Just six laps into the 79-lap 1970 Riverside Raceway SCCA Pro Racing Trans Ambattle, Indianapolis 500 winnerand many-time USAC championParnelli Jones’ bright orangeFord Mustang was backwardsand off the track in Turn 9,suffering bodywork and spoilerdamage, clawing for traction.
Jones skidded back onthe racing surface and wasquickly up to speed once more,
Fifty years on from the watershed 1970 season, the intensity and ferocity of today’s SCCA Pro Racing Trans Amseries brings back a flood of memories | WORDS Steve Nickless | IMAGES Dave Friedman Collection / Benson Ford Research
well behind then-race-leadingteammate George Follmer butbeginning one of the mostmemorable come-back drives inthe storied history of the SCCATrans American Championship.
After the race, Jones would
joke about the vibration, about
using the curbing to turn the car;
but his rivals on the day – on the
season – could only hang their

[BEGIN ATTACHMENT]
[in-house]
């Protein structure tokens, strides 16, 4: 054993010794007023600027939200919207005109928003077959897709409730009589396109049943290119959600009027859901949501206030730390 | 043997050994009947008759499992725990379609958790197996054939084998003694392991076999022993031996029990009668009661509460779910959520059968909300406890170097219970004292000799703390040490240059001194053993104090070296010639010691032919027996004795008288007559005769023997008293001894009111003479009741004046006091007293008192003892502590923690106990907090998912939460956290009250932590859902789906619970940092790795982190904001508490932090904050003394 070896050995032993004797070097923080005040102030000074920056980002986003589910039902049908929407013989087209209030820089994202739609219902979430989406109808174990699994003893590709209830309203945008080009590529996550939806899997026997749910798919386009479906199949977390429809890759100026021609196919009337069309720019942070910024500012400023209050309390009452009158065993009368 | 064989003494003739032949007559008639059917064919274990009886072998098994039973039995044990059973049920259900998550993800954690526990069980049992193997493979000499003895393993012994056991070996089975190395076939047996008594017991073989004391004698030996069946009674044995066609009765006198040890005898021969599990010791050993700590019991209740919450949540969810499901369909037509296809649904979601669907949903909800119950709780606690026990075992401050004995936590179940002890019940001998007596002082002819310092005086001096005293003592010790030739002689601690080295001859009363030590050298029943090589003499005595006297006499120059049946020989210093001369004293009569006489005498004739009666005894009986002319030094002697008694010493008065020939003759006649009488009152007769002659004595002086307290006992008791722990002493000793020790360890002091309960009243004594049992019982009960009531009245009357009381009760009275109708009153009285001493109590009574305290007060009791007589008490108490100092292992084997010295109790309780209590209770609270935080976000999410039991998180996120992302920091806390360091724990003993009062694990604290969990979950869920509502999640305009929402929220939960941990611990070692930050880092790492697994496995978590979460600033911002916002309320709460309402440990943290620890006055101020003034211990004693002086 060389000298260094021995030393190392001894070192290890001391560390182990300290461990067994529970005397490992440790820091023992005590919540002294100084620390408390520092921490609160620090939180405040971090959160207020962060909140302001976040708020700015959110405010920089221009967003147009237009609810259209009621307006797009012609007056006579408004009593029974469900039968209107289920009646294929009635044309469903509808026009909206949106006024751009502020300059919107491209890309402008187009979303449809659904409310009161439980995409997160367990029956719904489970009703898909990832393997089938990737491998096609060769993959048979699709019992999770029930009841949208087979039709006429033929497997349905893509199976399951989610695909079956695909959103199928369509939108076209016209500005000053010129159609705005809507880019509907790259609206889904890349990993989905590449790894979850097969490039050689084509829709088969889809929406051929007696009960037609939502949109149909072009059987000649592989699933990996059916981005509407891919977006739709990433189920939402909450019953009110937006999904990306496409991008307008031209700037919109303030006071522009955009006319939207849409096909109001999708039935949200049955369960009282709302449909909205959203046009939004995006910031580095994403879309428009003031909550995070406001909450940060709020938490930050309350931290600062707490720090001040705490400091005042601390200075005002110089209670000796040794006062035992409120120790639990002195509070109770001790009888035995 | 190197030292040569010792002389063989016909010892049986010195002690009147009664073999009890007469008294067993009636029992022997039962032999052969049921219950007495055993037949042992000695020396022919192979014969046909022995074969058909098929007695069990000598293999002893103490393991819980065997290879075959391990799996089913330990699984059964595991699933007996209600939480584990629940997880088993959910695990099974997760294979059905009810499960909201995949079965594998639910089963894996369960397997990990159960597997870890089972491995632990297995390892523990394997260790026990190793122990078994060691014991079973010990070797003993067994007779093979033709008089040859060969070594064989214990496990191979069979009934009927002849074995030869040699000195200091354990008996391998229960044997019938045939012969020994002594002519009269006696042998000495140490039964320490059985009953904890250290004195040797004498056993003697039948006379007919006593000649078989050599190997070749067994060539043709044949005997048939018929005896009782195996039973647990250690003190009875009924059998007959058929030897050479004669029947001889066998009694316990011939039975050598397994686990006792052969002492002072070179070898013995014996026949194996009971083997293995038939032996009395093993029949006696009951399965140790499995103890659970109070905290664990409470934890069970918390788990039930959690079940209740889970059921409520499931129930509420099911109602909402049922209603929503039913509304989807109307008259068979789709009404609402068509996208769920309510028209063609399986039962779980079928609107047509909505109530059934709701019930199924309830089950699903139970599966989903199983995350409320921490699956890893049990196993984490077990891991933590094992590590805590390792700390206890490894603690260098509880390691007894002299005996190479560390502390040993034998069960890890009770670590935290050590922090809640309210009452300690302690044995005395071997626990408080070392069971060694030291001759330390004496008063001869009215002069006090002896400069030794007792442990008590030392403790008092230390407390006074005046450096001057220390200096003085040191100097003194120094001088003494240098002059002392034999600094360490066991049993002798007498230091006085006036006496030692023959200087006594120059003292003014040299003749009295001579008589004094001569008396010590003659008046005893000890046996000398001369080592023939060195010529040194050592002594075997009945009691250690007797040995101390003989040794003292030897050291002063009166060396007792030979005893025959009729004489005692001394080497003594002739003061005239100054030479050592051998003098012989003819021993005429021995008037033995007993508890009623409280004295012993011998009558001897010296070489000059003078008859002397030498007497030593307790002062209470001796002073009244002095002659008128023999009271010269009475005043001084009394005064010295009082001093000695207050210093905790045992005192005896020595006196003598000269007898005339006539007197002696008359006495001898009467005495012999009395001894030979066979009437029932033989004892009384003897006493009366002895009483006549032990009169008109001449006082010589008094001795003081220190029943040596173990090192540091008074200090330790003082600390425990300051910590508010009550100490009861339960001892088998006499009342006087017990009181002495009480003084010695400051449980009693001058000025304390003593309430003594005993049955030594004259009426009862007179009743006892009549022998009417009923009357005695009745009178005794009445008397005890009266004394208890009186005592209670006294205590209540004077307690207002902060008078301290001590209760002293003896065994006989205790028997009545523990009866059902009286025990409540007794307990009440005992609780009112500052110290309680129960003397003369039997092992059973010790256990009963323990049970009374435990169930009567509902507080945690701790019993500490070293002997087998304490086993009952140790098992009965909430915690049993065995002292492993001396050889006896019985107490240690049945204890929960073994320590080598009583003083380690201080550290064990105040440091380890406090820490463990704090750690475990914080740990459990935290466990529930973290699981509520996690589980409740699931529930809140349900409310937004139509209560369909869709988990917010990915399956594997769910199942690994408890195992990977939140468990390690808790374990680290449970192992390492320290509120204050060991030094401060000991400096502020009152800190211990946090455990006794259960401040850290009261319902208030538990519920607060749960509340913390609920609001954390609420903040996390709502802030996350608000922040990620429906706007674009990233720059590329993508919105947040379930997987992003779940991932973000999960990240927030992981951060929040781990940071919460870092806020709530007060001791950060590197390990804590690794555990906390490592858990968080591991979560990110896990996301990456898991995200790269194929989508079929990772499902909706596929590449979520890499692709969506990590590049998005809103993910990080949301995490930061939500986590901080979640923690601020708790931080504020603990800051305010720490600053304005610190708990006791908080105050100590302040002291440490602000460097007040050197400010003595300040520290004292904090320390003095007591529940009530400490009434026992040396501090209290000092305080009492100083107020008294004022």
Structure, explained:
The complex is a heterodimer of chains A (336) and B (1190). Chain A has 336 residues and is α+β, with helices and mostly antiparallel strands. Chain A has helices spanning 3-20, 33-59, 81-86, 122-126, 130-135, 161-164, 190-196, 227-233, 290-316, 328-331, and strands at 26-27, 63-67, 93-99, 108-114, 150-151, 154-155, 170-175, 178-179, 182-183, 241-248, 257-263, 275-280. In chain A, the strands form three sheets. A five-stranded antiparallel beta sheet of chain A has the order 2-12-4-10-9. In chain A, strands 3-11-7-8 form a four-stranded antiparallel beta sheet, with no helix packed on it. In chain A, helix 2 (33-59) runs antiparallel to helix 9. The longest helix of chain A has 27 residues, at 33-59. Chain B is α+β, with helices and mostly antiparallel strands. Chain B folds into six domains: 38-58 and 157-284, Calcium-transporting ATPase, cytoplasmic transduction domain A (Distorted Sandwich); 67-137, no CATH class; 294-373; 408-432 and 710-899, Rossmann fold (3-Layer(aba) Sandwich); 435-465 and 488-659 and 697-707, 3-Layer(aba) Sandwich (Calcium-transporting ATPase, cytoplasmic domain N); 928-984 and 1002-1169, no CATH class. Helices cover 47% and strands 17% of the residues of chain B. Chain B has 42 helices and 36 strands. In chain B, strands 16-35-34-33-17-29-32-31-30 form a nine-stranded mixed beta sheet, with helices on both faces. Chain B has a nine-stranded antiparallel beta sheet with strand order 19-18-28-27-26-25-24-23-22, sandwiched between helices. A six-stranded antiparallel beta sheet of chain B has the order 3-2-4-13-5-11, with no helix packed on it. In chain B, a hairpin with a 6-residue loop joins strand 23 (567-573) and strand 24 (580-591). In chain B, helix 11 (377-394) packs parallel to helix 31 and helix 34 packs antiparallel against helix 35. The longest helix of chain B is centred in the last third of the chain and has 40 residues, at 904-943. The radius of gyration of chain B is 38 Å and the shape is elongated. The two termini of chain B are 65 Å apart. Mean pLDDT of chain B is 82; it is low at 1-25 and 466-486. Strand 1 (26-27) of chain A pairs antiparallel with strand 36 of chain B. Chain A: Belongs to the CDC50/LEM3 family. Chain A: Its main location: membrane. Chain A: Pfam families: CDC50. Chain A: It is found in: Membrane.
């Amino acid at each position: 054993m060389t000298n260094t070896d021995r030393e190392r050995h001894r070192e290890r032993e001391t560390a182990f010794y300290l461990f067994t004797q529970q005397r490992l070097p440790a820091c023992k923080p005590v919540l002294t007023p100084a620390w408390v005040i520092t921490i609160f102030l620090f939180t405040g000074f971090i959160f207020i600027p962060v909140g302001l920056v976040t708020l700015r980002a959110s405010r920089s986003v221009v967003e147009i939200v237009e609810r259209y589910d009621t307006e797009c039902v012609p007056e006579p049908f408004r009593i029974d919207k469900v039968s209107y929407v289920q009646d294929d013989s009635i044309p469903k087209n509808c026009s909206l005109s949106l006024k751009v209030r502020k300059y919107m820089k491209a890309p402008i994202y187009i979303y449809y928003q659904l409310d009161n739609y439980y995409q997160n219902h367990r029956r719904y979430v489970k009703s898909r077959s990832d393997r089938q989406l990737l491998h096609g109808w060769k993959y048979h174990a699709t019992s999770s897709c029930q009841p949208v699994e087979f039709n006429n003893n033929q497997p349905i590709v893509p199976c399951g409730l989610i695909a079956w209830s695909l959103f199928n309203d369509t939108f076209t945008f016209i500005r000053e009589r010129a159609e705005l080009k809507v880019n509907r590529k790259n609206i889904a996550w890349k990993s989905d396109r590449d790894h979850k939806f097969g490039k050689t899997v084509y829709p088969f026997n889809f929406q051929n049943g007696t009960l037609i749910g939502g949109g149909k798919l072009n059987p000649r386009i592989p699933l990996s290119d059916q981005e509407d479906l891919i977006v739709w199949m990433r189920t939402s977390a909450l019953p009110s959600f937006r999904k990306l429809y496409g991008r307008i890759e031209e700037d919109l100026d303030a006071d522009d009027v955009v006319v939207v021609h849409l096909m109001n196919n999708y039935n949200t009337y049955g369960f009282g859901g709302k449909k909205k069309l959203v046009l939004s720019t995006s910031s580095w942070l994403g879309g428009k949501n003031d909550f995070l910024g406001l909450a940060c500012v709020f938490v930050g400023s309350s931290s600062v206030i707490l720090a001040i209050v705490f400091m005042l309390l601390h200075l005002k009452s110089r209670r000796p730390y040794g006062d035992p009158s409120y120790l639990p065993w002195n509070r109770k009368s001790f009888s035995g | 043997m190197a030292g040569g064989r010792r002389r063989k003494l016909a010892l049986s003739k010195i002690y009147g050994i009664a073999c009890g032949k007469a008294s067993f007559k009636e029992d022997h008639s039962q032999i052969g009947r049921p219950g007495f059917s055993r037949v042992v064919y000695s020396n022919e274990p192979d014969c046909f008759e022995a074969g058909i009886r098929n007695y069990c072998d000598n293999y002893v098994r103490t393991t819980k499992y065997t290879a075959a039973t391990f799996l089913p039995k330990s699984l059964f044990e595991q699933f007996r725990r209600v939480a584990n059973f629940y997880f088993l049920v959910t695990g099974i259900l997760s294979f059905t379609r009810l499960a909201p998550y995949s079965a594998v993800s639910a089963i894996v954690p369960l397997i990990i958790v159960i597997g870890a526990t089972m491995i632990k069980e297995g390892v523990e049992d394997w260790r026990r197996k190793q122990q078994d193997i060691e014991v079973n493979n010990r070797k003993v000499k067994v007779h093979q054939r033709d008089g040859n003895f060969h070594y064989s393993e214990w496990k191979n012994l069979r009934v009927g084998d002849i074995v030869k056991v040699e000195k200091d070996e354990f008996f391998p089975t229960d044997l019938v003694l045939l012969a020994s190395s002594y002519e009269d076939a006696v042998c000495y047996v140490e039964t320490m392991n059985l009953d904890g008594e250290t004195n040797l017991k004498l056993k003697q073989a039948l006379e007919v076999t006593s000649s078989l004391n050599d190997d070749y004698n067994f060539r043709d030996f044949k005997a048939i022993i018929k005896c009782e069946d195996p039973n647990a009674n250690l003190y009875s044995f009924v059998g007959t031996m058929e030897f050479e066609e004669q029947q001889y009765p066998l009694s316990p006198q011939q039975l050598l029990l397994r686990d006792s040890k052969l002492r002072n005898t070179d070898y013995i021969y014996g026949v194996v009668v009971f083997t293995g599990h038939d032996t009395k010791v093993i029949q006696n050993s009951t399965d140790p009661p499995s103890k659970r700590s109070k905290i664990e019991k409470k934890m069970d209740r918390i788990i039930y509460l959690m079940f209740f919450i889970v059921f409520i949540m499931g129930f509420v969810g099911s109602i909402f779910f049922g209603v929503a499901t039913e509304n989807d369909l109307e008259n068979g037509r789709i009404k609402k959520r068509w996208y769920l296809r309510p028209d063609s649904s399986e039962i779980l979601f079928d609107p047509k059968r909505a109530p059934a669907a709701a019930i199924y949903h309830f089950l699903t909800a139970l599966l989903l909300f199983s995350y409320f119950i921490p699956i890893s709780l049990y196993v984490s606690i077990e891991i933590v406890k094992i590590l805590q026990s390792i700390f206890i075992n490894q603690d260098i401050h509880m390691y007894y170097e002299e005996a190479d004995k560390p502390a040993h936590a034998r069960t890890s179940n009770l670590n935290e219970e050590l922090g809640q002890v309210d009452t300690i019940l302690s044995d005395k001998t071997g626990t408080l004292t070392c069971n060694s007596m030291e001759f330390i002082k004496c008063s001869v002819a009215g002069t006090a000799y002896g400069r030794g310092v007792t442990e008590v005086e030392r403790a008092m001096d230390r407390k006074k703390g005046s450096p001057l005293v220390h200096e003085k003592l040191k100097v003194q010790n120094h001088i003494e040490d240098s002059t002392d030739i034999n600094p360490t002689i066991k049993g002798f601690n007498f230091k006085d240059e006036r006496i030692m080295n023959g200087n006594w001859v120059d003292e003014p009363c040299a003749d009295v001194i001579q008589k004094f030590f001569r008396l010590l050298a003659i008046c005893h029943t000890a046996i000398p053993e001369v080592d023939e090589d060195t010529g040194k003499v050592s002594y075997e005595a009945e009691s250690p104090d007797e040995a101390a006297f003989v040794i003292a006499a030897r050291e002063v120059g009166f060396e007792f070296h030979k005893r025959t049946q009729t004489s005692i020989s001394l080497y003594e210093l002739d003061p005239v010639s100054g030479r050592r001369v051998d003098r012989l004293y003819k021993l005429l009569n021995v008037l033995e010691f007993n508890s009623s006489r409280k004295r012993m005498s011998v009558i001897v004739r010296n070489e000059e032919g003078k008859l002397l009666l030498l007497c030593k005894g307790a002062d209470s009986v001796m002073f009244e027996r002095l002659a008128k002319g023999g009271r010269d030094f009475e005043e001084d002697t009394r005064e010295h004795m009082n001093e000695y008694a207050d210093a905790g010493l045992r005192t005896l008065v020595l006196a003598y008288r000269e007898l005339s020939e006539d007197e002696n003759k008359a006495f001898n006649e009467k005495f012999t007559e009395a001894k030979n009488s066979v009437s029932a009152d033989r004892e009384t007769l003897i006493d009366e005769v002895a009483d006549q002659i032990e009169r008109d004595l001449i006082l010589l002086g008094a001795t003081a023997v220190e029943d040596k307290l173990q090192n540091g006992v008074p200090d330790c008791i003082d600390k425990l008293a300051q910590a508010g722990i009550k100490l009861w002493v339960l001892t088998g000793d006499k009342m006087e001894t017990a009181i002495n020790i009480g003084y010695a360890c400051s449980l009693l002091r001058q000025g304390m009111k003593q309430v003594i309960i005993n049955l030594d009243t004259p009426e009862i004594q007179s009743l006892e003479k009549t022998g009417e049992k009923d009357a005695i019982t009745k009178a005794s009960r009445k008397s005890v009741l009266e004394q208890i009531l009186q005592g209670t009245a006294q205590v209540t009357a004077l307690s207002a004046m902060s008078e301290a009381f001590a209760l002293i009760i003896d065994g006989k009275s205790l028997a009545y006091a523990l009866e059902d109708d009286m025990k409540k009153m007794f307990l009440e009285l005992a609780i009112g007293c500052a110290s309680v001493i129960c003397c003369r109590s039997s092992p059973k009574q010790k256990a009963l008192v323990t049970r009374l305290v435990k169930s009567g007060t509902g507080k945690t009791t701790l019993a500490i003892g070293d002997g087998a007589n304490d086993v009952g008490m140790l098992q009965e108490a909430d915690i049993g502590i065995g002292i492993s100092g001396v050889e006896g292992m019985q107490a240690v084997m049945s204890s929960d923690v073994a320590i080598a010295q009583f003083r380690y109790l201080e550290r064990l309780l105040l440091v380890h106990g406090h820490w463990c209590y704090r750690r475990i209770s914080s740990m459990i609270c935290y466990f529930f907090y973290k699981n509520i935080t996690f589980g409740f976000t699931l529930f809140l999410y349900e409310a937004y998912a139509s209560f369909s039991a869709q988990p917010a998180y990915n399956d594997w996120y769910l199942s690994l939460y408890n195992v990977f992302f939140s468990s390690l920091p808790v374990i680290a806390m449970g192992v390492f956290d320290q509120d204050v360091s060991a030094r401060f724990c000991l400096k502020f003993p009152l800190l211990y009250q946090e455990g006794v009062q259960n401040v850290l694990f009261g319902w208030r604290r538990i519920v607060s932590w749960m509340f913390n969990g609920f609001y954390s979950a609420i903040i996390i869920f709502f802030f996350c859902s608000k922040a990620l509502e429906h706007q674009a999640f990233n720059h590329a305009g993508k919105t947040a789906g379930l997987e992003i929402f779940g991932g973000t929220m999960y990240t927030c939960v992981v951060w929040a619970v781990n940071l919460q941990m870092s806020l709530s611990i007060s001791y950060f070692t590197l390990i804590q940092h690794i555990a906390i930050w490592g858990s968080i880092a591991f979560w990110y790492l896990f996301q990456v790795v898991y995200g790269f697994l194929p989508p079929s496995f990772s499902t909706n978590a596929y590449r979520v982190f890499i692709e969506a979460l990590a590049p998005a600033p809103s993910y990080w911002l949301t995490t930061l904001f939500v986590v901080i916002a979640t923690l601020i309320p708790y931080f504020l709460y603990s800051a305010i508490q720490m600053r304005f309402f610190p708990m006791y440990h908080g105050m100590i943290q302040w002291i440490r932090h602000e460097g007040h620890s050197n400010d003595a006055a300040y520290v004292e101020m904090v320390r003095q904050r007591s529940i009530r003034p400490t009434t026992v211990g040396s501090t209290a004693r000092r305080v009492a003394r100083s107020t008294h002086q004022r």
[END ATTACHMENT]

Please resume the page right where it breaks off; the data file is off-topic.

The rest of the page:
heads. Jones’ Bud Moore-built
No. 15 Mustang had caught and
passed Follmer’s No. 16 with
eight laps remaining at Riverside
International Raceway, Oct. 4,
1970, clattering on to claim
its second consecutive Trans
Am victory, fifth on the season,
further solidifying Ford’s lock on
the manufacturer’s championship.
Nearly 50 years later, one
veteran and one young driver
whose skills might someday
carry them to Parnelli Jones
heights – Ed Sevadjian and Tyler
Kicera, respectively – split a
pair of victories on the same
Southern California circuit,
triggering a flood of memories
in those lucky enough to have
witnessed both events.
Much beloved RiversideRaceway, of course, gave itsconcrete and asphalt life fora shopping center back in1989. But, almost magically,the fast nine-turn circuit hasbeen resurrected in virtual
SIMPLY THE BEST
With thrilling on-track action(MAIN) alongside racingsuperstars and heated paddockaction (RIGH T), the 1970 SCCAPro Racing Trans Am season isstill considered one of the best inmore than 50 years of the series.